Despite his fame and stature in the modern pantheon of horror authors, Lovecraft met with little success during his career. Compared to his contemporaries — particularly the other authors in what has come to be known as the Lovecraft Circle — he was not very prolific as an author of fiction, and the sales of his stories never netted enough money to make ends meet. He had approximately 60 works of fiction published during his lifetime or shortly after his death. Of those, six were novellas or novelettes, and only one was a full-length novel. He also collaborated with other writers, which yielded another 30 or so short stories. Some of his collaborators (not including posthumous collaborations) included C.L. Moore, Robert E. Howard, Frank Belknap Long, R.H. Barlow, E. Hoffman Price, Robert Bloch, and Harry Houdini. Lovecraft frequently wrote and received letters from long-distance colleagues. He was a poet, as well, with many interests that informed his work. As a journalist, he had many scientific and philosophical articles to his credit.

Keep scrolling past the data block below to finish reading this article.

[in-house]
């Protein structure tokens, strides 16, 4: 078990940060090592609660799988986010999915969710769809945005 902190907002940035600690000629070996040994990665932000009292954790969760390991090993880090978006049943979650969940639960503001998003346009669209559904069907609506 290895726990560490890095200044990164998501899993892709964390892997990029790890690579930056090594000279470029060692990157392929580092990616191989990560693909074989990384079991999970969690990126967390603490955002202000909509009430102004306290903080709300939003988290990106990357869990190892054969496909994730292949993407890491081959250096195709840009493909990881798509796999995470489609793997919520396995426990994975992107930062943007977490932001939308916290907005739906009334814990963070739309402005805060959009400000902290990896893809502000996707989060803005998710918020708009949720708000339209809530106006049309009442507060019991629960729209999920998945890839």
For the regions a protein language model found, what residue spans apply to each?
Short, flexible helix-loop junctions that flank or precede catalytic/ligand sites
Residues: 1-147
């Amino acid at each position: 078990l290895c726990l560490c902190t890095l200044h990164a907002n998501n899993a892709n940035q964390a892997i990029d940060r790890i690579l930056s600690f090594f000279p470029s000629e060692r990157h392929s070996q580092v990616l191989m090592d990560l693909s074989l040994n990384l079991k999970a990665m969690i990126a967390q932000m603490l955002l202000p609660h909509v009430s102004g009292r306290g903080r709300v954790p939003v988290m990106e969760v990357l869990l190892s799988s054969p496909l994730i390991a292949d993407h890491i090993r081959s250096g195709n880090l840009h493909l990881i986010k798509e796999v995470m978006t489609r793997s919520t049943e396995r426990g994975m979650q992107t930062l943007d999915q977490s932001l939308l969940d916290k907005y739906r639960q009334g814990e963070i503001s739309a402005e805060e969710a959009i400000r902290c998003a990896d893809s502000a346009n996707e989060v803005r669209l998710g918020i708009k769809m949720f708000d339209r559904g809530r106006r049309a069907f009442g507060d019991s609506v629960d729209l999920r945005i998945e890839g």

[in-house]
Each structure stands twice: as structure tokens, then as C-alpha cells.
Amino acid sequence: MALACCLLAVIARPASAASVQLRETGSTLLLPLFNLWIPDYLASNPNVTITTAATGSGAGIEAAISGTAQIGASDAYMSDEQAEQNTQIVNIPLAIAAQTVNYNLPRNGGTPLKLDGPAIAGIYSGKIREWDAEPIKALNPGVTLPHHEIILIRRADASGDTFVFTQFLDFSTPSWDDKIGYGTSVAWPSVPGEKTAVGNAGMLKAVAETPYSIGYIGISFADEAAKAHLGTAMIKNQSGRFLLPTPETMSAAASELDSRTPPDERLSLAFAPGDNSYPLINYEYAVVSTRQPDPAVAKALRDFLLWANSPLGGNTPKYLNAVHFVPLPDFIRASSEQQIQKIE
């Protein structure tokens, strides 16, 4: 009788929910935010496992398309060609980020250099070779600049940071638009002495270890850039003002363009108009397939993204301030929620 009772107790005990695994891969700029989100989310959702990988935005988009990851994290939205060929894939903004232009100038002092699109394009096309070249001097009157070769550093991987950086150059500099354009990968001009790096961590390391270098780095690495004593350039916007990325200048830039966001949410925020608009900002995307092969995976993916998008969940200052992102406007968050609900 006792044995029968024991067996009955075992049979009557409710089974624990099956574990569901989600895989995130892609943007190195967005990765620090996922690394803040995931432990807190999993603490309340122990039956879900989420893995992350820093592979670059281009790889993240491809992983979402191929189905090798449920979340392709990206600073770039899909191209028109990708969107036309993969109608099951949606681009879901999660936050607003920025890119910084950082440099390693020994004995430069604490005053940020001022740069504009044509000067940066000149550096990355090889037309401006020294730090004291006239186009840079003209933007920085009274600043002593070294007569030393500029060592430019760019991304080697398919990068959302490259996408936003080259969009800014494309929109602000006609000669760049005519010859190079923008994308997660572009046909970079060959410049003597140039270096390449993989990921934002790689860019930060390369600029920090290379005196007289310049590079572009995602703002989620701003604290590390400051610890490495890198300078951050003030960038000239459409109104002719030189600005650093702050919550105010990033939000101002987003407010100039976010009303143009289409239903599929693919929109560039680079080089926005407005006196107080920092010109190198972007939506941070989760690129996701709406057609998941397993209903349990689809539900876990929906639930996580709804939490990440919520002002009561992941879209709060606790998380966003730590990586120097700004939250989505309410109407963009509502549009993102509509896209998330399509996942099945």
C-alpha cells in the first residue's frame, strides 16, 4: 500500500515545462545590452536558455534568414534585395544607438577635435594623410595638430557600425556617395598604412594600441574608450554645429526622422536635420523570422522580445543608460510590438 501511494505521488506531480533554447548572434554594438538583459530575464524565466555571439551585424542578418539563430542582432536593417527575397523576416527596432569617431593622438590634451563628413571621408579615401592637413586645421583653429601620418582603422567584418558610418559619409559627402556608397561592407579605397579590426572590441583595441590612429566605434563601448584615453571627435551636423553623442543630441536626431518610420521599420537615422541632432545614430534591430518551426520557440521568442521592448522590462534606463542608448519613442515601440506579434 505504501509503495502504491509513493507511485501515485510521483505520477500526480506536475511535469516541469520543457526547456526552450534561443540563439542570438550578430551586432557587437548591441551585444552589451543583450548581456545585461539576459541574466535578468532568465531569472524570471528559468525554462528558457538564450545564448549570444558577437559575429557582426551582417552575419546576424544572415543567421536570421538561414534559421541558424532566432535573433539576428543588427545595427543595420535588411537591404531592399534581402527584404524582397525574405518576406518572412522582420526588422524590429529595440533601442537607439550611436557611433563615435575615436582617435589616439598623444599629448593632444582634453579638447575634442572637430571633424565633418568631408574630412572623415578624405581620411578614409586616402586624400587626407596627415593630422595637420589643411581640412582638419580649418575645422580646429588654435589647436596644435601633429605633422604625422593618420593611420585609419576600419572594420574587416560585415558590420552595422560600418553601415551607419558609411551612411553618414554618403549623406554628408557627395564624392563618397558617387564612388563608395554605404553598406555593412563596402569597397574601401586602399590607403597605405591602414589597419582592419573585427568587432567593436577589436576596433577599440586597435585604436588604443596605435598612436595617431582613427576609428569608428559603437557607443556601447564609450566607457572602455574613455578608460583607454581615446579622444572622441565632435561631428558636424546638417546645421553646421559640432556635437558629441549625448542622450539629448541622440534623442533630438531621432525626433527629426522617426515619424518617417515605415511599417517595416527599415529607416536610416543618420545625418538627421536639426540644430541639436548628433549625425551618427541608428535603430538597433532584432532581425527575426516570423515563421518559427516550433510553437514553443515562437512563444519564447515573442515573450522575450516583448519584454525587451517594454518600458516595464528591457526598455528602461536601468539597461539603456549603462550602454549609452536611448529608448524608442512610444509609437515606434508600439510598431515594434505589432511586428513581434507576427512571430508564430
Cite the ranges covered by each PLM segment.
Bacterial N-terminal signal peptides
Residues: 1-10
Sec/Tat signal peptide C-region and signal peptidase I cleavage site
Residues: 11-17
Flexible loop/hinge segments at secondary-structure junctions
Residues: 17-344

Lovecraft’s life was beset with difficulty from the beginning. He was born and raised in Providence, Rhode Island. His father became “acutely psychotic” and was admitted to a mental hospital when Lovecraft three years old. He was reportedly a sickly child. His Wikipedia article says he may have been afflicted with some form of parasomnia, possibly night terrors or sleep paralysis. He was raised by his mother and his two aunts. Despite seldom attending school due to his illnesses, he was by all accounts an exceptionally brilliant child interested in science, particularly astronomy. Lovecraft’s maternal grandfather was a successful businessman, and it seems much of the money off which he and his mother lived came from what was left over from his estate after his death in 1904. Lovecraft’s mother was committed to a mental hospital in 1919 for “hysteria and depression.” She died in 1921.